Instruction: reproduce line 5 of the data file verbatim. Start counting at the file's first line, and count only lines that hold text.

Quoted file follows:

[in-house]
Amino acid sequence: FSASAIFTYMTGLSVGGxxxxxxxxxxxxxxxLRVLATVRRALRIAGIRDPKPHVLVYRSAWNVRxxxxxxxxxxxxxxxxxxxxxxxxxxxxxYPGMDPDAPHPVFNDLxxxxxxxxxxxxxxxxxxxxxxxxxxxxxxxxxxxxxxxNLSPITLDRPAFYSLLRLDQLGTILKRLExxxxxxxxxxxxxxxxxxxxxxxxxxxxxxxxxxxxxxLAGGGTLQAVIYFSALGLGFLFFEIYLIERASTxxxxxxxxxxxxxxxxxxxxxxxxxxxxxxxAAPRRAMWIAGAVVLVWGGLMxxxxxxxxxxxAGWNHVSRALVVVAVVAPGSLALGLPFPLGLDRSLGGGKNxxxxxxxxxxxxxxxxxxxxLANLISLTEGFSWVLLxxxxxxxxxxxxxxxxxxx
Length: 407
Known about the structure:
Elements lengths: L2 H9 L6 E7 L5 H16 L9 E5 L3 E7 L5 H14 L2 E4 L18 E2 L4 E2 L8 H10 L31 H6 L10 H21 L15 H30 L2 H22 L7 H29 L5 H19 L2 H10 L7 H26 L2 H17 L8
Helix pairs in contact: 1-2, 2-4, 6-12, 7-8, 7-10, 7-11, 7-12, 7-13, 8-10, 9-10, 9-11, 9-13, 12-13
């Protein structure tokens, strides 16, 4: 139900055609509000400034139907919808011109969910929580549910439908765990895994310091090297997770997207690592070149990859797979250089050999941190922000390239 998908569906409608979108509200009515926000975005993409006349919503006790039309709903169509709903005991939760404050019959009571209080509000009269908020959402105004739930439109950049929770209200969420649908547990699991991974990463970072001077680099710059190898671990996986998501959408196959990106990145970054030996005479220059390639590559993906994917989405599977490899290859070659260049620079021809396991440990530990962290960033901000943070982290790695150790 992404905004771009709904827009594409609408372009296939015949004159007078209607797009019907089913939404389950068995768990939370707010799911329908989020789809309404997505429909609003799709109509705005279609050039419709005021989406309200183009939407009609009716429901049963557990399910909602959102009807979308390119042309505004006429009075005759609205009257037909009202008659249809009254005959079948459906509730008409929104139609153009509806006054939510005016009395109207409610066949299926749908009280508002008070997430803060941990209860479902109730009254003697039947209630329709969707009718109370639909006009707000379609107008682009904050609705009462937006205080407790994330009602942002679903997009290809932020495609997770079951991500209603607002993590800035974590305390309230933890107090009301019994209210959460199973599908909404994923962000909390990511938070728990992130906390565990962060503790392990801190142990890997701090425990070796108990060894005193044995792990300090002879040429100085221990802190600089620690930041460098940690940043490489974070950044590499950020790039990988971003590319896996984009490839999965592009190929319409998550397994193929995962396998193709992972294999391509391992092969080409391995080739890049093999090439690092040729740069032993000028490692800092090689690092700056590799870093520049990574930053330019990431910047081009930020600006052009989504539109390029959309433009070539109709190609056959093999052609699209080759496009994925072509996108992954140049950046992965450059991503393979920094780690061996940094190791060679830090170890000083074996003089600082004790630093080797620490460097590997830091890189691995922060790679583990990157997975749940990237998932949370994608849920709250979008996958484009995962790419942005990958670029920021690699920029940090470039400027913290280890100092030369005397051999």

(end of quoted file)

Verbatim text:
Elements lengths: L2 H9 L6 E7 L5 H16 L9 E5 L3 E7 L5 H14 L2 E4 L18 E2 L4 E2 L8 H10 L31 H6 L10 H21 L15 H30 L2 H22 L7 H29 L5 H19 L2 H10 L7 H26 L2 H17 L8